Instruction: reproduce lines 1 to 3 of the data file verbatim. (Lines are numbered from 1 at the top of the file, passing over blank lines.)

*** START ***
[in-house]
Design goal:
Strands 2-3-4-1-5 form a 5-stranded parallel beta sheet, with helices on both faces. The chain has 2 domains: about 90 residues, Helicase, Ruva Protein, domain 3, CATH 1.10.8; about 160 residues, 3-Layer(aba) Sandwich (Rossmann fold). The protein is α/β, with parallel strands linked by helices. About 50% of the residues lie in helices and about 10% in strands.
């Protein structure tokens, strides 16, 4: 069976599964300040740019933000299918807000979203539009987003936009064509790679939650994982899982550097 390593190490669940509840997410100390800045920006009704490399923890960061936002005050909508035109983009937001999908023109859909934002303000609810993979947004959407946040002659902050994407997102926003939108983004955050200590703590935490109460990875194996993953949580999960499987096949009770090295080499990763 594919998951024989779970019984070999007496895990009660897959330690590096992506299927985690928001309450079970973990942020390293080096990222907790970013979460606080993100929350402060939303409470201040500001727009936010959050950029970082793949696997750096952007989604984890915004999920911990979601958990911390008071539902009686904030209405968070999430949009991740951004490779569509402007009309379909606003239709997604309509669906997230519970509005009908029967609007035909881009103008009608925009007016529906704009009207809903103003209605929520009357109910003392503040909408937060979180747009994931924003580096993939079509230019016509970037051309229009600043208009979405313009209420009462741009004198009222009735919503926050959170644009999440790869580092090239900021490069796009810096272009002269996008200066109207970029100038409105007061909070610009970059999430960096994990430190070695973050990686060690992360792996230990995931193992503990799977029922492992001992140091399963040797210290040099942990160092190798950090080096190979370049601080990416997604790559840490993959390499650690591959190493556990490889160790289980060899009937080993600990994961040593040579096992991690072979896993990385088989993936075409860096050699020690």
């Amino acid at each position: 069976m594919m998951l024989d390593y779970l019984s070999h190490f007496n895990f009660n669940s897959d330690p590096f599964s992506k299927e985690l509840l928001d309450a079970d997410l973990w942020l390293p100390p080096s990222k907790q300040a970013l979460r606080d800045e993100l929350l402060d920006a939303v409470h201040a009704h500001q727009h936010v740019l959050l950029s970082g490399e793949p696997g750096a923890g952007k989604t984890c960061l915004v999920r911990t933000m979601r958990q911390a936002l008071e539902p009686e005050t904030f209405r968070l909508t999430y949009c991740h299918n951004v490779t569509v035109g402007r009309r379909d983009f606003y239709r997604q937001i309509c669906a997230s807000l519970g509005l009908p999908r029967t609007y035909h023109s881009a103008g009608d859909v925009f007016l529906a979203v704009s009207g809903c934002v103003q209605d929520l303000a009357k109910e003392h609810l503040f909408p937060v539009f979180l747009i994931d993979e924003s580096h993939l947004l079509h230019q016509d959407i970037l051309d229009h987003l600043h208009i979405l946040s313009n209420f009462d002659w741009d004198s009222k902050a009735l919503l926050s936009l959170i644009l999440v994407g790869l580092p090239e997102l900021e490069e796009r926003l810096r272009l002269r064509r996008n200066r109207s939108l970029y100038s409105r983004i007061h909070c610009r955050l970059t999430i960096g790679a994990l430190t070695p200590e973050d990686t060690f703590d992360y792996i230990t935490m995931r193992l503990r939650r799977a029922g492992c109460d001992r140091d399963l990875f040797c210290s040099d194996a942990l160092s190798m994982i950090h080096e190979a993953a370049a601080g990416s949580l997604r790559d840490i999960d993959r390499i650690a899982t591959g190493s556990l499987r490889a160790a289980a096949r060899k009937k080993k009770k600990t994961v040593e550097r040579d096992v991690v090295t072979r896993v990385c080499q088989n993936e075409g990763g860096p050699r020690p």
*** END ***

[in-house]
Design goal:
Strands 2-3-4-1-5 form a 5-stranded parallel beta sheet, with helices on both faces. The chain has 2 domains: about 90 residues, Helicase, Ruva Protein, domain 3, CATH 1.10.8; about 160 residues, 3-Layer(aba) Sandwich (Rossmann fold). The protein is α/β, with parallel strands linked by helices. About 50% of the residues lie in helices and about 10% in strands.